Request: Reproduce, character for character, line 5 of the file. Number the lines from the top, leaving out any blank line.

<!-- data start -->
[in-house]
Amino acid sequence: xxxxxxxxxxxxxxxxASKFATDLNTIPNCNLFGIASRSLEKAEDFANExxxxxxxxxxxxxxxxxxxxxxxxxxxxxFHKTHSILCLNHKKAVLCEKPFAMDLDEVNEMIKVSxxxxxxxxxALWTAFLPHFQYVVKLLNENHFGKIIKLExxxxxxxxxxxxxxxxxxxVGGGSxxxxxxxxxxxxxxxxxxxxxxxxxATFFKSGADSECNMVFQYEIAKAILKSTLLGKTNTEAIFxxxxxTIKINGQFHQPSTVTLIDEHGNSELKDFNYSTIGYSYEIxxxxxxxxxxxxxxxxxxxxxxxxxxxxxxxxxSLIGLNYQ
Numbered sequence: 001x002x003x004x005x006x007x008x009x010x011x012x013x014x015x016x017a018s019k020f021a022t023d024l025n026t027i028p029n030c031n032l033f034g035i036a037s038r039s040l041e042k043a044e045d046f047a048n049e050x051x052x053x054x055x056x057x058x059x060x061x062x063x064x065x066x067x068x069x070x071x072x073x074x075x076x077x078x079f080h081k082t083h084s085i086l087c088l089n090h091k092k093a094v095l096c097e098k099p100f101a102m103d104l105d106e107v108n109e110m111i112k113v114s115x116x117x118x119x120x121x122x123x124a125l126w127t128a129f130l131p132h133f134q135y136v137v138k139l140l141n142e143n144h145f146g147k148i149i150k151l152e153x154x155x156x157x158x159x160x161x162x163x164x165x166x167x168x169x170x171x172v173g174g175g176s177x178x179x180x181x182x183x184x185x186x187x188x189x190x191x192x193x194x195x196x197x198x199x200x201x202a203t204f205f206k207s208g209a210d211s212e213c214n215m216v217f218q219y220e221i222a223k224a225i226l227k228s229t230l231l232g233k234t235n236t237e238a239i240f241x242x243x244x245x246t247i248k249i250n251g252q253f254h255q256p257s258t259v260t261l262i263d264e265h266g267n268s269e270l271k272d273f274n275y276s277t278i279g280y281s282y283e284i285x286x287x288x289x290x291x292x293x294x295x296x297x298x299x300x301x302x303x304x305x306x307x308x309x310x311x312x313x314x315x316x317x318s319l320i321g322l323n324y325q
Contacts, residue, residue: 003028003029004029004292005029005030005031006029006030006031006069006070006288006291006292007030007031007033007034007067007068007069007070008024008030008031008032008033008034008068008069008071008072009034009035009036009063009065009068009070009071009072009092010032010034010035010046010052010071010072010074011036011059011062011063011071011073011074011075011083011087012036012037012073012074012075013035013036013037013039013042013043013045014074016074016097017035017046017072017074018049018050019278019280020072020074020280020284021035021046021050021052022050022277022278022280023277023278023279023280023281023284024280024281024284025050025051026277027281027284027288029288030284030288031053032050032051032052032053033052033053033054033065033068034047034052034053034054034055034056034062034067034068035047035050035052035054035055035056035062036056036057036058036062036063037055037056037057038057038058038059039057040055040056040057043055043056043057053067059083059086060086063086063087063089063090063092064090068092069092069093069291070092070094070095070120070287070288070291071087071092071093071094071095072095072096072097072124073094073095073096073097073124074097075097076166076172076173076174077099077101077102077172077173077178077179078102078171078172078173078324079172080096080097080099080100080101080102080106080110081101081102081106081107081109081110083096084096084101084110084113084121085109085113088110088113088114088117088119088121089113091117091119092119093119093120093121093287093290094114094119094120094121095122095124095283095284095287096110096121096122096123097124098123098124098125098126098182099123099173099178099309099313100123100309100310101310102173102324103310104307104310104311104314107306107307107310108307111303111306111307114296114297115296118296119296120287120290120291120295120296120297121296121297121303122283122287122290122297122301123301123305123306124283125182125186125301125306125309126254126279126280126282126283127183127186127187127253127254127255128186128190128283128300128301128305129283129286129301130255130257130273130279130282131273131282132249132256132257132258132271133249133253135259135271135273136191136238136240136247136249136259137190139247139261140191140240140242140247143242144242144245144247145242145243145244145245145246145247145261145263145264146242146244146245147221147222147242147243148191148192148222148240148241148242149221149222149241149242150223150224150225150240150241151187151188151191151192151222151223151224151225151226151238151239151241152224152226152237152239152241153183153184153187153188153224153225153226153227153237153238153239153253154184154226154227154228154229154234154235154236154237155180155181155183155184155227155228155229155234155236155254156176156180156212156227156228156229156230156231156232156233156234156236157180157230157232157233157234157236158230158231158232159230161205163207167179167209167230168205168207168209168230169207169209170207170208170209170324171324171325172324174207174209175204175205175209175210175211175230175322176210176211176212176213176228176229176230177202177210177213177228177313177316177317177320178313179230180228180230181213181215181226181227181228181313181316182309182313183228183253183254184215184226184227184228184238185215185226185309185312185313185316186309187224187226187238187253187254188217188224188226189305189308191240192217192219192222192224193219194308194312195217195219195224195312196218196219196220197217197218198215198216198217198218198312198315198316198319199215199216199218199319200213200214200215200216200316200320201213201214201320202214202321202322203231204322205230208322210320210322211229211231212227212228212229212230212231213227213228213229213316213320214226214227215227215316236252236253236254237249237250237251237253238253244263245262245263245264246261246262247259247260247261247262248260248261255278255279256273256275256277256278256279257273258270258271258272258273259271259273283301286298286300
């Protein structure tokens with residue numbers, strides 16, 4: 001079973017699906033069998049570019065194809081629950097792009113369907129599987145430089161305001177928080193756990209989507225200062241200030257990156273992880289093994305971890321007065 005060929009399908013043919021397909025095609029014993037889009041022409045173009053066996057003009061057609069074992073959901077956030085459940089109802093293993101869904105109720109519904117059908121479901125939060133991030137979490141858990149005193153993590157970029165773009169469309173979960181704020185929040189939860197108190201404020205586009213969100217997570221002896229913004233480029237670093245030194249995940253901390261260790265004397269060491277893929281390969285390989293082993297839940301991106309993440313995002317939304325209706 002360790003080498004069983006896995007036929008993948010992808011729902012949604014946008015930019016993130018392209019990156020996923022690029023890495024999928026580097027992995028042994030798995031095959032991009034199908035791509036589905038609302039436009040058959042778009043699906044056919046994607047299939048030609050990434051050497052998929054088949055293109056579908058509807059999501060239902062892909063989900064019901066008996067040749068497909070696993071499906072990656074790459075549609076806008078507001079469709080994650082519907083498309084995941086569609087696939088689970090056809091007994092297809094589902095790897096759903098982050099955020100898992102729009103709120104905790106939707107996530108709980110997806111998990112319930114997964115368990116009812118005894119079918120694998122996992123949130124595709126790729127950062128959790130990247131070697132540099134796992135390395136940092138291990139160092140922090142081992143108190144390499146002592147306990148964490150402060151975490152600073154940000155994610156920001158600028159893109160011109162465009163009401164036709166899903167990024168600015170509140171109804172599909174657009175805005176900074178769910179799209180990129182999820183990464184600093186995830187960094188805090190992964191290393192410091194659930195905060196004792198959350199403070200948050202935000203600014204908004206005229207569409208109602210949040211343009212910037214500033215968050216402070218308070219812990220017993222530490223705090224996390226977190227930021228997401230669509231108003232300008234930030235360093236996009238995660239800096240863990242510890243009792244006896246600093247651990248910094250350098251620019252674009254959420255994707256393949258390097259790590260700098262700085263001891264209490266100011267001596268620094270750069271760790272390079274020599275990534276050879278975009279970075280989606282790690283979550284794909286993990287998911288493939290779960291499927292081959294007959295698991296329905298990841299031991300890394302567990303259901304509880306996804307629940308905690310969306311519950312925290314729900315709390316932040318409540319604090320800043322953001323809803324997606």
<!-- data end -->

């Protein structure tokens with residue numbers, strides 16, 4: 001079973017699906033069998049570019065194809081629950097792009113369907129599987145430089161305001177928080193756990209989507225200062241200030257990156273992880289093994305971890321007065 005060929009399908013043919021397909025095609029014993037889009041022409045173009053066996057003009061057609069074992073959901077956030085459940089109802093293993101869904105109720109519904117059908121479901125939060133991030137979490141858990149005193153993590157970029165773009169469309173979960181704020185929040189939860197108190201404020205586009213969100217997570221002896229913004233480029237670093245030194249995940253901390261260790265004397269060491277893929281390969285390989293082993297839940301991106309993440313995002317939304325209706 002360790003080498004069983006896995007036929008993948010992808011729902012949604014946008015930019016993130018392209019990156020996923022690029023890495024999928026580097027992995028042994030798995031095959032991009034199908035791509036589905038609302039436009040058959042778009043699906044056919046994607047299939048030609050990434051050497052998929054088949055293109056579908058509807059999501060239902062892909063989900064019901066008996067040749068497909070696993071499906072990656074790459075549609076806008078507001079469709080994650082519907083498309084995941086569609087696939088689970090056809091007994092297809094589902095790897096759903098982050099955020100898992102729009103709120104905790106939707107996530108709980110997806111998990112319930114997964115368990116009812118005894119079918120694998122996992123949130124595709126790729127950062128959790130990247131070697132540099134796992135390395136940092138291990139160092140922090142081992143108190144390499146002592147306990148964490150402060151975490152600073154940000155994610156920001158600028159893109160011109162465009163009401164036709166899903167990024168600015170509140171109804172599909174657009175805005176900074178769910179799209180990129182999820183990464184600093186995830187960094188805090190992964191290393192410091194659930195905060196004792198959350199403070200948050202935000203600014204908004206005229207569409208109602210949040211343009212910037214500033215968050216402070218308070219812990220017993222530490223705090224996390226977190227930021228997401230669509231108003232300008234930030235360093236996009238995660239800096240863990242510890243009792244006896246600093247651990248910094250350098251620019252674009254959420255994707256393949258390097259790590260700098262700085263001891264209490266100011267001596268620094270750069271760790272390079274020599275990534276050879278975009279970075280989606282790690283979550284794909286993990287998911288493939290779960291499927292081959294007959295698991296329905298990841299031991300890394302567990303259901304509880306996804307629940308905690310969306311519950312925290314729900315709390316932040318409540319604090320800043322953001323809803324997606």